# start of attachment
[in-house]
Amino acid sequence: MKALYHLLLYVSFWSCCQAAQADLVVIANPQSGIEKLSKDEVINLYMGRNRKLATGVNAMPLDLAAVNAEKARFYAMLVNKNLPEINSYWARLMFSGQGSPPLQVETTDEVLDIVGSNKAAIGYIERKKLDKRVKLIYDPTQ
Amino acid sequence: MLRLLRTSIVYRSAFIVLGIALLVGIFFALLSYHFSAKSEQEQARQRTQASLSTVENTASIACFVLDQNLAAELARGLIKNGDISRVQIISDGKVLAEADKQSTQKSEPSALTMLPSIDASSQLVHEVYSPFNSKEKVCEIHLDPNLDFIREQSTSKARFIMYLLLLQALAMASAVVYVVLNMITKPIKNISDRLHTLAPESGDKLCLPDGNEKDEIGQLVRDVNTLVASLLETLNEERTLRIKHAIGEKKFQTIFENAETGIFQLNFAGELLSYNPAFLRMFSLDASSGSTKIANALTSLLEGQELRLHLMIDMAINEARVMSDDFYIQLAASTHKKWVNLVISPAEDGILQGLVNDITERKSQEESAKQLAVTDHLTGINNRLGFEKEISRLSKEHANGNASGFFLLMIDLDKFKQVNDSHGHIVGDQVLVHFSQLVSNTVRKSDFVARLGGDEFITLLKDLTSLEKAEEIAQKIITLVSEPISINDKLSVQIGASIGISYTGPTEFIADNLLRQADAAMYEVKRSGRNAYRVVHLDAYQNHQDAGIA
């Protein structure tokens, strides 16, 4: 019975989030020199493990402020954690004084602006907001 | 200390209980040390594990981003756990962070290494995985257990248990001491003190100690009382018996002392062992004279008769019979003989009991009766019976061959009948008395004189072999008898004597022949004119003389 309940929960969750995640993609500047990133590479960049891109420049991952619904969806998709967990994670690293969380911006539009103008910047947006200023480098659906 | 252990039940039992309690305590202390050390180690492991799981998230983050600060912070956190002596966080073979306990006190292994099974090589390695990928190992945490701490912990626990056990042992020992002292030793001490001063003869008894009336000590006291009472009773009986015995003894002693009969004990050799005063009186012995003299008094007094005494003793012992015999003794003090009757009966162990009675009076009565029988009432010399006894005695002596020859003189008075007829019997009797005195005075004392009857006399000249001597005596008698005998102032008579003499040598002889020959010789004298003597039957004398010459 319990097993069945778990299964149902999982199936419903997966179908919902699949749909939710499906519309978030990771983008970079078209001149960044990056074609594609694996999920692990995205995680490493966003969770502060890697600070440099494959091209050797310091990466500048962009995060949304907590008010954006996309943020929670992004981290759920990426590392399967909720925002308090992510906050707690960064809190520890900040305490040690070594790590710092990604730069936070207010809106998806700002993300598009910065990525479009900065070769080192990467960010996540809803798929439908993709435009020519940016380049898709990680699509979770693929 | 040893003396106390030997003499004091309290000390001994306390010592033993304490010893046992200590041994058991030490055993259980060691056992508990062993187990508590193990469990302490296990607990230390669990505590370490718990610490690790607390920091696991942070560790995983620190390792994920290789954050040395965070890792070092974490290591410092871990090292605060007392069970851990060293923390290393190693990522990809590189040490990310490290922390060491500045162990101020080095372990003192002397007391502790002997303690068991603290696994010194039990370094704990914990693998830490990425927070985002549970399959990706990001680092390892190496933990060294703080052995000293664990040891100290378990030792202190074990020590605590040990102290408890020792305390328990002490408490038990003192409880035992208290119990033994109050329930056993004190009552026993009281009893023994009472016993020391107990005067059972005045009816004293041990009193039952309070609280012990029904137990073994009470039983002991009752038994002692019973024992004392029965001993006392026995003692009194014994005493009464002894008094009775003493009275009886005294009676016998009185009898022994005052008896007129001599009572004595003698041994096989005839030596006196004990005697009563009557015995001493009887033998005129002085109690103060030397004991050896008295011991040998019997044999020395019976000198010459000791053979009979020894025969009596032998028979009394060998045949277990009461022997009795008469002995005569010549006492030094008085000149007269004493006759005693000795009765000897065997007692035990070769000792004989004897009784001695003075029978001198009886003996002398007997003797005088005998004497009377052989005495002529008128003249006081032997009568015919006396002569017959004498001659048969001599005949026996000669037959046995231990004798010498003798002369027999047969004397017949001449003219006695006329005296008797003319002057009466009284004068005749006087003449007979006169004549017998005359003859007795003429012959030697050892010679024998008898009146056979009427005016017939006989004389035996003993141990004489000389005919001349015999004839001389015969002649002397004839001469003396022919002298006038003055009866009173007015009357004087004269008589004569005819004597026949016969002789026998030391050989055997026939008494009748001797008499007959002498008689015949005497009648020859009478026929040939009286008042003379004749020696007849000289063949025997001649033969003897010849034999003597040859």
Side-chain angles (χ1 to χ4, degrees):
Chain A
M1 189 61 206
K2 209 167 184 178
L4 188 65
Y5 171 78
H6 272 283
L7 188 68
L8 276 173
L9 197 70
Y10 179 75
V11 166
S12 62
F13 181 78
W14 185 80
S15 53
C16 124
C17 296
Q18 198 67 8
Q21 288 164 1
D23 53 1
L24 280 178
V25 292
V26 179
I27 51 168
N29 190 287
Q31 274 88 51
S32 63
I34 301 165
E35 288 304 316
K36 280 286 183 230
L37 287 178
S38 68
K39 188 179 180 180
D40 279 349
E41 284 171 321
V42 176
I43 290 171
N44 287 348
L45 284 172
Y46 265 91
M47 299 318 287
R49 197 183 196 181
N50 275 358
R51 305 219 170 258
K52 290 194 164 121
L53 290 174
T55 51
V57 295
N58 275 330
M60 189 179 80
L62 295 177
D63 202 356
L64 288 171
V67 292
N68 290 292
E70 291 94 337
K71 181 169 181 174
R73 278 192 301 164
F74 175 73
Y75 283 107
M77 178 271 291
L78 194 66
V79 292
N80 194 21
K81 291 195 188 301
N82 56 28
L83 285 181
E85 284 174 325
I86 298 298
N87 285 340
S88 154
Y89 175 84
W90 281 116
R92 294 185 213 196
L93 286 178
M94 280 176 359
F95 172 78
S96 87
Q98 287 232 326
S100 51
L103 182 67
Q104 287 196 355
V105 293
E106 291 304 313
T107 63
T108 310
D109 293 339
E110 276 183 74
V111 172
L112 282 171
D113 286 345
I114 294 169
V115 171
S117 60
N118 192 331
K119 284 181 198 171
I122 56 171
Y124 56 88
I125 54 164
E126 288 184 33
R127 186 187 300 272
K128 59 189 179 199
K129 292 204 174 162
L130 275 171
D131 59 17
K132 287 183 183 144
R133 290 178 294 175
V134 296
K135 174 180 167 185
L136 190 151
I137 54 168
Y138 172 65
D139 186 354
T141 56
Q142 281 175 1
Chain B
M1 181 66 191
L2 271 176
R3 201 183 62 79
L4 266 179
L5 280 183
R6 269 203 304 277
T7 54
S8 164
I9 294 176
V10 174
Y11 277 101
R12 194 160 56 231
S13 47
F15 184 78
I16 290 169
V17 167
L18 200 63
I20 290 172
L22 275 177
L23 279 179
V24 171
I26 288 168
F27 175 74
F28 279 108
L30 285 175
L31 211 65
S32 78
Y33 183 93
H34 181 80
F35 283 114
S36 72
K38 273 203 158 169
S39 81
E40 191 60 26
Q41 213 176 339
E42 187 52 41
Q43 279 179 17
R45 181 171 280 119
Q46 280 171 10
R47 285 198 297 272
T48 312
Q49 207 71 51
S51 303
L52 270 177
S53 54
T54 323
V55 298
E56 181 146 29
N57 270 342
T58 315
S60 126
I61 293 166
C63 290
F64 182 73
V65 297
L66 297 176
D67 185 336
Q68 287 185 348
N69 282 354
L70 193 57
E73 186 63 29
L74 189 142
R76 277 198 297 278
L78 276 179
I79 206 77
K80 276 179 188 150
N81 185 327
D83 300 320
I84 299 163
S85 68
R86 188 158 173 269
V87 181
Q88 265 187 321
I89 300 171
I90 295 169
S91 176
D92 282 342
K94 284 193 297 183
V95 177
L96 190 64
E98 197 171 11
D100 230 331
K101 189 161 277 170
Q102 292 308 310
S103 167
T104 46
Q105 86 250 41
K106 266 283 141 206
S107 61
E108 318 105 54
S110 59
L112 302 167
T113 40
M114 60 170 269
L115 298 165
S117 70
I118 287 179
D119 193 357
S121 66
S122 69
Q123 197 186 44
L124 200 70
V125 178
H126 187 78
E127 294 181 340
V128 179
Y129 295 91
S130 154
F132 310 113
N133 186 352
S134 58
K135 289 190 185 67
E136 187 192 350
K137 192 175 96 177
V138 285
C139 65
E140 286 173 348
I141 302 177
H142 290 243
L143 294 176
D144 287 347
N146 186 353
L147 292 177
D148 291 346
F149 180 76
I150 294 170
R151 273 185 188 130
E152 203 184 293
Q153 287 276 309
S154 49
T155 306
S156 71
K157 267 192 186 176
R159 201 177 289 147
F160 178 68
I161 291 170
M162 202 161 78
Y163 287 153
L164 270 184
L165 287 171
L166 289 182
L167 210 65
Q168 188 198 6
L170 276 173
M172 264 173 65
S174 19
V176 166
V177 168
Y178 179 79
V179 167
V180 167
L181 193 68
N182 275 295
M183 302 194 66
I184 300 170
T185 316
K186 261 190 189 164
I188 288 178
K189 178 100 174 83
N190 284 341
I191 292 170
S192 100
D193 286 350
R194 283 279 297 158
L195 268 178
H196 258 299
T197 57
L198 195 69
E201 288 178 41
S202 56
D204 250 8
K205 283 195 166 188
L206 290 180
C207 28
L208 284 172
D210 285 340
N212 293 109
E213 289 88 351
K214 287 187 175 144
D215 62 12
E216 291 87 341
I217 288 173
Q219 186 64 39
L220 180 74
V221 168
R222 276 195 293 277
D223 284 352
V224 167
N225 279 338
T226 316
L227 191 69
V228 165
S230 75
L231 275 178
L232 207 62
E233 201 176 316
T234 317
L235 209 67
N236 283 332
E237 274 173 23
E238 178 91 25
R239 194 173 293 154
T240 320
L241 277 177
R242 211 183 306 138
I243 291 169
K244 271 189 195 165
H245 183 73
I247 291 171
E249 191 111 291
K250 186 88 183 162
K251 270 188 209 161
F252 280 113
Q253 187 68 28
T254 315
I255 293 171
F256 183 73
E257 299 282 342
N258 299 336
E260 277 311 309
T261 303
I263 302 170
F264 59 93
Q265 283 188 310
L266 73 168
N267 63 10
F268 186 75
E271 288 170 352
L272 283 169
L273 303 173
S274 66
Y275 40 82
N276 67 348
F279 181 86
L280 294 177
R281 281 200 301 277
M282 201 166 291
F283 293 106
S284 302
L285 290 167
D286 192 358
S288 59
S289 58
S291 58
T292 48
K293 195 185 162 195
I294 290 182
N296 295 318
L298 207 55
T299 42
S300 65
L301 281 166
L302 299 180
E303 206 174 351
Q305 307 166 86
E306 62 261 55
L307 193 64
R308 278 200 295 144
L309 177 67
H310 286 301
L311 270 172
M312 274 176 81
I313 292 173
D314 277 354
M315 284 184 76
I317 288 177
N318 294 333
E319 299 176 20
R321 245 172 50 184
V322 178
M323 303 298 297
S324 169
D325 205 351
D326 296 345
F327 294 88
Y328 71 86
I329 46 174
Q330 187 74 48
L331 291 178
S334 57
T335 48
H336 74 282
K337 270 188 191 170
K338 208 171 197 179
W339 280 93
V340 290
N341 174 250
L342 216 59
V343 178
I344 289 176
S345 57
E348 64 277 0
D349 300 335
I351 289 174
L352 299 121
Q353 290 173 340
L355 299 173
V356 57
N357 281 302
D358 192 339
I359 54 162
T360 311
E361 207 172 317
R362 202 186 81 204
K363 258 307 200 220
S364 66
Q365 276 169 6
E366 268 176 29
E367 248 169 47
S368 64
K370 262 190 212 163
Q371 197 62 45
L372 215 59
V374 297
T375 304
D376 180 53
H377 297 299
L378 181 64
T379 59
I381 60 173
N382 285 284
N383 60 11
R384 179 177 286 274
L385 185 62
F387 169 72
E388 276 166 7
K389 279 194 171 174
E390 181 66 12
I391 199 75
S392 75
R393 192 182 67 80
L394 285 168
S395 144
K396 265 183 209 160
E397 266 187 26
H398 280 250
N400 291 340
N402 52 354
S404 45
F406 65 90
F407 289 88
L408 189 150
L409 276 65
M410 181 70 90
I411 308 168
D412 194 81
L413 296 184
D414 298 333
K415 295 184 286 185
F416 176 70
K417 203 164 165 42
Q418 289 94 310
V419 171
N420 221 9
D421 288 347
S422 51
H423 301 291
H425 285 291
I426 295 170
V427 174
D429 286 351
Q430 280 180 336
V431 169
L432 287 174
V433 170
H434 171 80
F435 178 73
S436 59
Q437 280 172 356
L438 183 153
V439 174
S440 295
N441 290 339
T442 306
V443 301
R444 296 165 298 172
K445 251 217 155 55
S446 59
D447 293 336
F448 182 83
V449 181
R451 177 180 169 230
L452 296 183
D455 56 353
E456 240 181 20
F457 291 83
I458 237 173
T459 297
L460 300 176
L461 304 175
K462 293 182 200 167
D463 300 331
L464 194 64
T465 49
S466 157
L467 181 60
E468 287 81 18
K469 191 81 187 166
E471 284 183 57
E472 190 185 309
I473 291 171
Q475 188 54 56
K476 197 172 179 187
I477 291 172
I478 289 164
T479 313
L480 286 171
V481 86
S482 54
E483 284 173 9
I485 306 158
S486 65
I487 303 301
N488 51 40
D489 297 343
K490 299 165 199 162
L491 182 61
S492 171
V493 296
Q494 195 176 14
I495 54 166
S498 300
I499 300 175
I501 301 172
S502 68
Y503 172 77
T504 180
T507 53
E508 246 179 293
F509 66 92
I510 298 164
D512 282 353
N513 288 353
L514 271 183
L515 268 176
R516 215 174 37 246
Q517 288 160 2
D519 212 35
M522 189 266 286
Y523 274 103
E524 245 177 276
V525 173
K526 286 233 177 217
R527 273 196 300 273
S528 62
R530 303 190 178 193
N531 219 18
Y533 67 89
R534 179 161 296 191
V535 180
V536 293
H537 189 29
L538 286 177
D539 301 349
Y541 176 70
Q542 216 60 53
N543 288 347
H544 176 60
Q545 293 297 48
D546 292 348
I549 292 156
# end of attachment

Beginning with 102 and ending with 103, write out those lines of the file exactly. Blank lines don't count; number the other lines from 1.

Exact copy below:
I122 56 171
Y124 56 88